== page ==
What do you do if your kid refuses to take medicine? Convincing children to take meds can be challenging, but there are many solutions to make it easier for them, according to Australian specialists.
As many parents and caregivers are well aware, it may be difficult to administer pills to children. In Australian Prescriber, pharmacist Lucinda Smith and her colleagues from the Women’s and Children’s Hospital in Adelaide talk about the topic.
What are some tricks and tips you can try?
Smith says, there are many reasons why a child might refuse a medicine.
“It can be fear, taste, shyness, or they simply don’t like it.”
“Choose a medicine that’s right for your child. How old are they? Can they swallow? Is the product easy to give? Ask your child what form and flavour they prefer,” she says.
“You can improve the bad taste of a medicine by mixing it with juice or cordial,” says Smith.
“Keep in mind what your child likes. They might not like the same flavours as you.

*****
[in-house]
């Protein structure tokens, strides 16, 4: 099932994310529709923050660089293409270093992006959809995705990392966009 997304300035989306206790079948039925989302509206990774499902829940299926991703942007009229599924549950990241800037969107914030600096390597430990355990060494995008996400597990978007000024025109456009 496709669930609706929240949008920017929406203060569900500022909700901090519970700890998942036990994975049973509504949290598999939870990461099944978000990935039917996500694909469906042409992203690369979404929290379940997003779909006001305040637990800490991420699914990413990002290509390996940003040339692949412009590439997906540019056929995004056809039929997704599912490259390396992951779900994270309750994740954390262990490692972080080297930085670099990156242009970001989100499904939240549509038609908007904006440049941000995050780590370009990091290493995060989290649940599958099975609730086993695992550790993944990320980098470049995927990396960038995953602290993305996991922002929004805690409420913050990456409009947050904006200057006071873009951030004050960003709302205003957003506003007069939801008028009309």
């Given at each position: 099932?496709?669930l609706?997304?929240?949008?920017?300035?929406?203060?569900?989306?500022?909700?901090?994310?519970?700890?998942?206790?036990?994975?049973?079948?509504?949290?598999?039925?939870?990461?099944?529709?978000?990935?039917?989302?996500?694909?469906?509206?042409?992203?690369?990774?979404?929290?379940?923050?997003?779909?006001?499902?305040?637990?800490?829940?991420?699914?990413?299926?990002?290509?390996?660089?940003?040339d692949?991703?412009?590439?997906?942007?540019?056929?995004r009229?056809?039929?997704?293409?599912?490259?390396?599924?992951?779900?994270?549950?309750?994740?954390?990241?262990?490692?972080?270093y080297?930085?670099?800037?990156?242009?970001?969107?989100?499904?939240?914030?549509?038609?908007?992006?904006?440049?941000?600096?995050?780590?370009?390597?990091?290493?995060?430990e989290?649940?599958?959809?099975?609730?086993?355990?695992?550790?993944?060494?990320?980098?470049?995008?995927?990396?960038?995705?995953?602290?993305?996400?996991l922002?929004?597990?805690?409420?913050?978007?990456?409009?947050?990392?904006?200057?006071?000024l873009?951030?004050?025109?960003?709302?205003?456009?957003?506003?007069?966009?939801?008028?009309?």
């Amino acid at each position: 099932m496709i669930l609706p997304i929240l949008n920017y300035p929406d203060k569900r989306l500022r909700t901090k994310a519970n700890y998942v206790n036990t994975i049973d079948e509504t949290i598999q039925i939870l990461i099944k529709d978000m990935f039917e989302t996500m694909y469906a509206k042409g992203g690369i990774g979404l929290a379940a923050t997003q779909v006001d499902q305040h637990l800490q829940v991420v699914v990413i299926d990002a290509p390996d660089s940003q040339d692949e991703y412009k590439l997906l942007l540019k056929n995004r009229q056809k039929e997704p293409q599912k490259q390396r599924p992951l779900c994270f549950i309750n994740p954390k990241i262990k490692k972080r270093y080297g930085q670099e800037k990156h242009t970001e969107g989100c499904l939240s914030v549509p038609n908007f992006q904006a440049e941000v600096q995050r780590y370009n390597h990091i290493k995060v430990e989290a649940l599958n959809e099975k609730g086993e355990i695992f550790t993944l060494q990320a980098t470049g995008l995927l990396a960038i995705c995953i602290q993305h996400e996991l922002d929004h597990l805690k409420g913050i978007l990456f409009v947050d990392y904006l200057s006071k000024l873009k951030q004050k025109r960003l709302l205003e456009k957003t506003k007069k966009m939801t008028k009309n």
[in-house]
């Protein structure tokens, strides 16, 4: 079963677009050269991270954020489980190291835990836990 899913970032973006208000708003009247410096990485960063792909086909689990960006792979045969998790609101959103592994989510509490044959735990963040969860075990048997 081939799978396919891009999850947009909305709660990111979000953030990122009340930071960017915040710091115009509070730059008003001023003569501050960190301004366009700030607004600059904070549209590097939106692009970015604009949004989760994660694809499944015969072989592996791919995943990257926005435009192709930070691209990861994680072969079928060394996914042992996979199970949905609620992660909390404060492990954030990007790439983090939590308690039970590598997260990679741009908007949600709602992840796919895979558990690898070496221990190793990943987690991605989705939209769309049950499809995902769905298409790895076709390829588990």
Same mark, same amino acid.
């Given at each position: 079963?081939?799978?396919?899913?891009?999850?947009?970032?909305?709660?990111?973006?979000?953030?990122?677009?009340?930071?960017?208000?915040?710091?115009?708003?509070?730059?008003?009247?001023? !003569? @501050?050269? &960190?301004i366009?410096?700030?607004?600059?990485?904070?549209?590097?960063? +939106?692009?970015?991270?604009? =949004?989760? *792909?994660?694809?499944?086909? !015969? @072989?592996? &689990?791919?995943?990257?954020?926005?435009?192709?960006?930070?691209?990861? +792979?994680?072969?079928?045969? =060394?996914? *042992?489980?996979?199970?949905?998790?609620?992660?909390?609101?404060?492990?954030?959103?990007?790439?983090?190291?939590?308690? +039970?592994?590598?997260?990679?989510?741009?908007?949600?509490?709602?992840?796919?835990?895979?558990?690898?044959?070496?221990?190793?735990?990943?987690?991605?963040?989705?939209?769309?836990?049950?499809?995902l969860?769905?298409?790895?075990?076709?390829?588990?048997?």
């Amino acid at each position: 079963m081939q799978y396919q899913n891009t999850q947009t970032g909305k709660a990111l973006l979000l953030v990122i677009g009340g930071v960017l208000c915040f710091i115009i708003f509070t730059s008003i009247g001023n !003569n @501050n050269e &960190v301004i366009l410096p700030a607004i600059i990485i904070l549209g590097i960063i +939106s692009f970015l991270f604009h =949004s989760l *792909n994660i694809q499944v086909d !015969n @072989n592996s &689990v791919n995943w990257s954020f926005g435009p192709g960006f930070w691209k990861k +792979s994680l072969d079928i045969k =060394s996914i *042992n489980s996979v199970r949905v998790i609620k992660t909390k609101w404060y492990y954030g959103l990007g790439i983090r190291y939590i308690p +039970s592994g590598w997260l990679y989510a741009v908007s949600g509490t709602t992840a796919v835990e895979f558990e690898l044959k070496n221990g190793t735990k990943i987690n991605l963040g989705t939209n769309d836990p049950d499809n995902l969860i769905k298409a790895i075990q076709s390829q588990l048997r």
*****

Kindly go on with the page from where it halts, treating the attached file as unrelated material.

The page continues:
“When giving liquids, aim for the back of the mouth against the cheek. Avoid the tongue. This will lessen the aftertaste. Having your child’s favourite drink ready to follow the medicine can also help.
“Some kids might not like the feel of a medicine. You can reduce the thickness of a liquid by mixing it with water or a flavoured drink.
“You can remove the gritty feeling of crushed tablets by mixing them with something thick. Jelly, custard or spreads can help,” she says.
Smith says there is no single correct method of giving medicines to a child.
“You may need to try many ways before you find one that works,” she adds.
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